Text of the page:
On Friday, TheBus will work with the Premier Medical Group to pilot its first protocol to test frontline workers, he said. Depending on results, they may re-test employees every couple of weeks or every month.
While it’s against TheBus policy for drivers to continue work if they are sick, Morton says the organization has learned from the case.
“I’m not going to go after this operator, but I’m going to reiterate what our policy is,” said Morton. “Going forward, there is no guarantee that we wouldn’t [take disciplinary actions], we expect our drivers to follow the protocol.”’
Morton says TheBus and Handi-Van have changed their leave policies, so employees who do test positive for COVID-19 can stay home without any repercussions. He adds staff can use their sick and holiday leave, and encourages anyone with a vulnerable or sick relative to stay home.
TheBus and Handi-Van are also taking measures to improve the safety of passengers and on-duty drivers, Morton says. TheBus is reconfiguring its bus schedule for busier routes to meet increasing demand while maintaining physical distancing.
A plexiglass screen is also being tested on one bus to separate drivers and riders, but a widespread roll-out may take some time. Morton says only three companies make plexiglass screens for buses, and competition for them is high.
--HPR's Casey Harlow
Hospital official: Hawaii health system capacity remains robust
New cases of COVID-19 have been increasing locally in recent weeks, as Hawaii has moved toward a full reopening of the economy.
Yesterday, the Department of Health reported 2 new cases statewide taking the total to 900.
But health experts say the current level of infection is manageable and well within the capacity of the local healthcare system to handle.
Current use of critical equipment like ventilators and intensive care beds still falls within sustainable levels.
Data from the Department of Health show that the vast majority of new cases in the month of June were due to community spread, rather than travel-related.
Ray Vara, CEO of the hospital network Hawaii Pacific Health, says residents can prevent community spread by remembering basic health measures.
“Socially distancing around gathering in groups, around wearing face masks, around handwashing, and continuing to remind people who are sick to stay home. All of these things are not only to keep themselves safe, but also to keep others in the community safe,” he said.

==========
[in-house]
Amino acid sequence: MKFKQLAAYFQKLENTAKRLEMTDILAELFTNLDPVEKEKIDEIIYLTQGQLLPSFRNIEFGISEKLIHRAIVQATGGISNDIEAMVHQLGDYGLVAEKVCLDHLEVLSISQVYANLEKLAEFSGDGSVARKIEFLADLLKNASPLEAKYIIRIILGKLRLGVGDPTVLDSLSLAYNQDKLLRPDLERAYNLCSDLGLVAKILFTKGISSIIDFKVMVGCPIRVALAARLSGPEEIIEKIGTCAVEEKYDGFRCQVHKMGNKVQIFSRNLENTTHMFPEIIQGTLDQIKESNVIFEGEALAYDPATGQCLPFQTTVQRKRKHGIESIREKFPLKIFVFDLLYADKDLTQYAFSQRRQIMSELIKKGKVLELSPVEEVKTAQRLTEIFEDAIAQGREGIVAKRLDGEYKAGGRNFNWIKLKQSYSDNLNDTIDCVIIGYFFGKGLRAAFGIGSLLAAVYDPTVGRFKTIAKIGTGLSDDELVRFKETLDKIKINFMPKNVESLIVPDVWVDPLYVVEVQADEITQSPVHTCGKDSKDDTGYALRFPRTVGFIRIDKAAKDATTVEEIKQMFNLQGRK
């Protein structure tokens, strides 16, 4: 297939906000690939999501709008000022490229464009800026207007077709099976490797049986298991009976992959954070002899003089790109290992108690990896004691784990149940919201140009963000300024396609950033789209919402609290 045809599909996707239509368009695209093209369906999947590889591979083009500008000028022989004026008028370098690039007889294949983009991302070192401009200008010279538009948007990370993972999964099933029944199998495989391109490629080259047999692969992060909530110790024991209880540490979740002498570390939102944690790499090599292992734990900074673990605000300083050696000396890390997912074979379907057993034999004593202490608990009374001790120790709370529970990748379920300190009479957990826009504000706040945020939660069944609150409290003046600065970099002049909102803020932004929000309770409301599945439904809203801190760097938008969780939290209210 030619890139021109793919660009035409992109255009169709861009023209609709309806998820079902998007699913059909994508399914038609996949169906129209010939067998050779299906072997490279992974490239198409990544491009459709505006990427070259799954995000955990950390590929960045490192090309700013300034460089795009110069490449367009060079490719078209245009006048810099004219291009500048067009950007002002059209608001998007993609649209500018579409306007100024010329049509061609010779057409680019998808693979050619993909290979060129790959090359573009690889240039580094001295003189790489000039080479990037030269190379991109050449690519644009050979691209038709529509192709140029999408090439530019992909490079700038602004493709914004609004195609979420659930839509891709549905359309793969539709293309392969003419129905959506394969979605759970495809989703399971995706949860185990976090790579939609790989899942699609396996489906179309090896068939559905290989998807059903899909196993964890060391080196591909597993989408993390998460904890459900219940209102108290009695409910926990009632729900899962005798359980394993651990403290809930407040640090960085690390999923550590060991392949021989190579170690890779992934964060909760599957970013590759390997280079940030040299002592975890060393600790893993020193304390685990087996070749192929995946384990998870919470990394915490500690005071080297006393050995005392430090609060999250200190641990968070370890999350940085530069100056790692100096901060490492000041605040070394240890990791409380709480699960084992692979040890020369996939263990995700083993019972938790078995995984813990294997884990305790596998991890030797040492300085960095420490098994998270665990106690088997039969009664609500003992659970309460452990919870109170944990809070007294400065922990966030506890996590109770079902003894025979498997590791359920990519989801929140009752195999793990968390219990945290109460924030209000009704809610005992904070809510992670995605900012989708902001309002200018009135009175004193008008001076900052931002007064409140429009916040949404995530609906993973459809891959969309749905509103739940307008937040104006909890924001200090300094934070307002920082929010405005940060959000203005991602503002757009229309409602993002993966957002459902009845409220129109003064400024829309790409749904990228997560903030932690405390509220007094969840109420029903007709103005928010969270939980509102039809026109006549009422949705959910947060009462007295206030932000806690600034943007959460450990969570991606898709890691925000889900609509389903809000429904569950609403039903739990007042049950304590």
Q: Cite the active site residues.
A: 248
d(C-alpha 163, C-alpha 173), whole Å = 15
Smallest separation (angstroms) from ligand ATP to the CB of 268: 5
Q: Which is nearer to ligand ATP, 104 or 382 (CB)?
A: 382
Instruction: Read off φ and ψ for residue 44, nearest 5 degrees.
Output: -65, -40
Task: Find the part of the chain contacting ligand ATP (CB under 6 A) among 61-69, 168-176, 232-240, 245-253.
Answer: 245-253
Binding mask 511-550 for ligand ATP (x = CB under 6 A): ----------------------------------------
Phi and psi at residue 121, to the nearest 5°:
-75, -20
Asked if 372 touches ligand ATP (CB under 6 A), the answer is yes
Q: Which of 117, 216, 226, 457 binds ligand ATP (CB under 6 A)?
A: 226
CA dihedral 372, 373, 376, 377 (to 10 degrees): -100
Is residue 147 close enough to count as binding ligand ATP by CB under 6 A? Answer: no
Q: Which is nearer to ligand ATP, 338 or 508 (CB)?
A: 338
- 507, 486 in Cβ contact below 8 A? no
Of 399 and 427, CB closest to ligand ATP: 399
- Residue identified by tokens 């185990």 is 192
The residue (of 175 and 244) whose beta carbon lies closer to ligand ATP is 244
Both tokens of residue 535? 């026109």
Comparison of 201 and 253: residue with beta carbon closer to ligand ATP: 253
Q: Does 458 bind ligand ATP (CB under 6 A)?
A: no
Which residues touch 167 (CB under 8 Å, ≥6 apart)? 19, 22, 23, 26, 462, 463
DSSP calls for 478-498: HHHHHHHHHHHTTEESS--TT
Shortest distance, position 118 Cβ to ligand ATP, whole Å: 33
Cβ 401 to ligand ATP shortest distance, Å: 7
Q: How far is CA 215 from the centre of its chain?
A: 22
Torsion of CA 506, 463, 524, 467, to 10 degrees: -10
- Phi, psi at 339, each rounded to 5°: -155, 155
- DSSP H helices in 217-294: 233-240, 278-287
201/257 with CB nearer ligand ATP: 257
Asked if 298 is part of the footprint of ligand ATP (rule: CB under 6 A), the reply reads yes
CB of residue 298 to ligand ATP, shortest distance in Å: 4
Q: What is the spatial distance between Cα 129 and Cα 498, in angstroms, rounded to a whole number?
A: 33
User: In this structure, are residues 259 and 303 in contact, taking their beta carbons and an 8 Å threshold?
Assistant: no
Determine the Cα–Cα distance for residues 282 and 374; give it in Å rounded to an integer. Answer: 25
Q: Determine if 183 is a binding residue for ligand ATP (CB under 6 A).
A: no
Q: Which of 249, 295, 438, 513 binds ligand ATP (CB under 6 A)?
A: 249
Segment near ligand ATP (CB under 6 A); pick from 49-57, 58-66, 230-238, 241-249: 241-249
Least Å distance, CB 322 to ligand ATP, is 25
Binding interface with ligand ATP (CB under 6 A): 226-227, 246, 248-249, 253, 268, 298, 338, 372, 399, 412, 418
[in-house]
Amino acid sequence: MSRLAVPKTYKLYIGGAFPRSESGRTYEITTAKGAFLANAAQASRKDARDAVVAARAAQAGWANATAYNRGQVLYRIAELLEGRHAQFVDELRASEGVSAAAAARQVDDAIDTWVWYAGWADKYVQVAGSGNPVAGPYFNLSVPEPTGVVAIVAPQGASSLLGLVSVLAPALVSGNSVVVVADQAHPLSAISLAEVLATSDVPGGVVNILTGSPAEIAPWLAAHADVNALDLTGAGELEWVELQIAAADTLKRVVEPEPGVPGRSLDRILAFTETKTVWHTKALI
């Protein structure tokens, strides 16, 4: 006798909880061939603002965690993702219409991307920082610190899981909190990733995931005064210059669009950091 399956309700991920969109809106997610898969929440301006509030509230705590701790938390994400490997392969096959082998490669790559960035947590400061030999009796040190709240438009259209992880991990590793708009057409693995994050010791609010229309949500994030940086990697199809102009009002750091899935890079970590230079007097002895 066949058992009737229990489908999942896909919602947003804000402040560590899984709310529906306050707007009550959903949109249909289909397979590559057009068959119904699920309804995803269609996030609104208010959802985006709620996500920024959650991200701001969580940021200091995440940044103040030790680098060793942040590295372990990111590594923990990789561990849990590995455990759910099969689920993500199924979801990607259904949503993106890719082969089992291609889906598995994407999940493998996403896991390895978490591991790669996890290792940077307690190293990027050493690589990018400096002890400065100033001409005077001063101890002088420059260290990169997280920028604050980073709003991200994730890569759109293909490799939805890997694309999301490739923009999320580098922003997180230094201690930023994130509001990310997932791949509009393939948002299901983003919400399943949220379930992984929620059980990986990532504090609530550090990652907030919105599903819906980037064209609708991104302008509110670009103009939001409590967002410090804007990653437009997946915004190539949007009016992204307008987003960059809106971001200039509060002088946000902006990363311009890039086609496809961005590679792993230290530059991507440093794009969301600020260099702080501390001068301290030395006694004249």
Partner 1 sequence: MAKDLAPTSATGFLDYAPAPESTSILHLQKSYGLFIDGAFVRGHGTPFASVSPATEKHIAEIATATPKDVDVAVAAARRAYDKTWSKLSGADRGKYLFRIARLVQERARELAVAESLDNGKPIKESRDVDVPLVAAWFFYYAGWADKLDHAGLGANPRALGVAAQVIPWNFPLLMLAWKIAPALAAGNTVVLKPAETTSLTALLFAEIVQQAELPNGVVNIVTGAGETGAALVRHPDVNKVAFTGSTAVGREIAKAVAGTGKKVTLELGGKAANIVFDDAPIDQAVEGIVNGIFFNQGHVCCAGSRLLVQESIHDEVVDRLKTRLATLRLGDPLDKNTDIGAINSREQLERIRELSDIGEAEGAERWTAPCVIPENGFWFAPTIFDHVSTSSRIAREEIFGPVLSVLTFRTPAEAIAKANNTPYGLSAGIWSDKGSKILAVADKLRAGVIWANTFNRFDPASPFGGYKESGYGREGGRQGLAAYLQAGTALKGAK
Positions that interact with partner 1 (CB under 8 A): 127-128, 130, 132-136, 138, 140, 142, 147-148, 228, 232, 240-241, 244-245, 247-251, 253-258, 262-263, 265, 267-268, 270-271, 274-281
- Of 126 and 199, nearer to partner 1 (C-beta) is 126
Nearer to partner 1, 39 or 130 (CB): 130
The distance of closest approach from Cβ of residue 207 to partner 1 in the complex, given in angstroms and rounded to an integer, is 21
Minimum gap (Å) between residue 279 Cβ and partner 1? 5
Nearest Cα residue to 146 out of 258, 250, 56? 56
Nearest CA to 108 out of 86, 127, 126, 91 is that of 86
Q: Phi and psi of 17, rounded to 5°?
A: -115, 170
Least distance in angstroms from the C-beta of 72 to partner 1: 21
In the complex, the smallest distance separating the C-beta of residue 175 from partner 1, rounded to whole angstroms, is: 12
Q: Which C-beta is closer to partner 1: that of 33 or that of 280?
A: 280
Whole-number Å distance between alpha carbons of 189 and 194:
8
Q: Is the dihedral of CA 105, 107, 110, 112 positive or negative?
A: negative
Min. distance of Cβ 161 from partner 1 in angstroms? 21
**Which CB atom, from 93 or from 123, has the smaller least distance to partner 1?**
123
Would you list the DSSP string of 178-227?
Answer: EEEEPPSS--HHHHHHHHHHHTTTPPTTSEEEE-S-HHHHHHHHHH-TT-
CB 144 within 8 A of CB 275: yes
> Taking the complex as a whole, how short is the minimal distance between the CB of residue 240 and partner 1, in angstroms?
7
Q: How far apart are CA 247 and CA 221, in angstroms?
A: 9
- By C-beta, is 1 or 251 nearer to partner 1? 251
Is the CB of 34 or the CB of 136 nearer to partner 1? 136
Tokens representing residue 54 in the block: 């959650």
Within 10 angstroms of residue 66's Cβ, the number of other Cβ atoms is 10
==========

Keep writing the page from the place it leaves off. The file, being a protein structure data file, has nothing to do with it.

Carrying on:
“If you look at what's driving some of the more recent activity, it clearly is the result of some of us maybe getting a little bit relaxed in some of those areas.”
More data on local COVID-19 infections can be found on the state Department of Health’s website.
--HPR's Ryan Finnerty
State easing restrictions on large commercial, recreational boats
The state and counties are lifting emergency restrictions on large commercial and recreational vessels.
Those rated with a U.S Coast Guard capacity of more than 10 are allowed to operate provided they do not exceed their rated capacity by more than 50 percent.
Other guidelines related to COVID-19 apply, including physical distancing, hygiene protocols, staffing, and cleaning and disinfecting.
Face mask exemption card is bogus
The state Disability and Communication Access Board says a face mask exempt card circulating on social media is fake. The card says the holder is exempt from wearing a mask because it poses a mental or physical risk.
While it cites the Americans with Disabilities Act (ADA), it also says the holder does not need to disclose his or her disability.
The state health department warned against relying on social media and referred to the ADA website for reliable information.
This is a developing story. Please check back for updates.
Editor's note: We’d like to hear how you’re coping with the latest COVID-19 developments and the state's phased reopening. You can call our talkback line at 808-792-8217. Or e-mail us at firstname.lastname@example.org.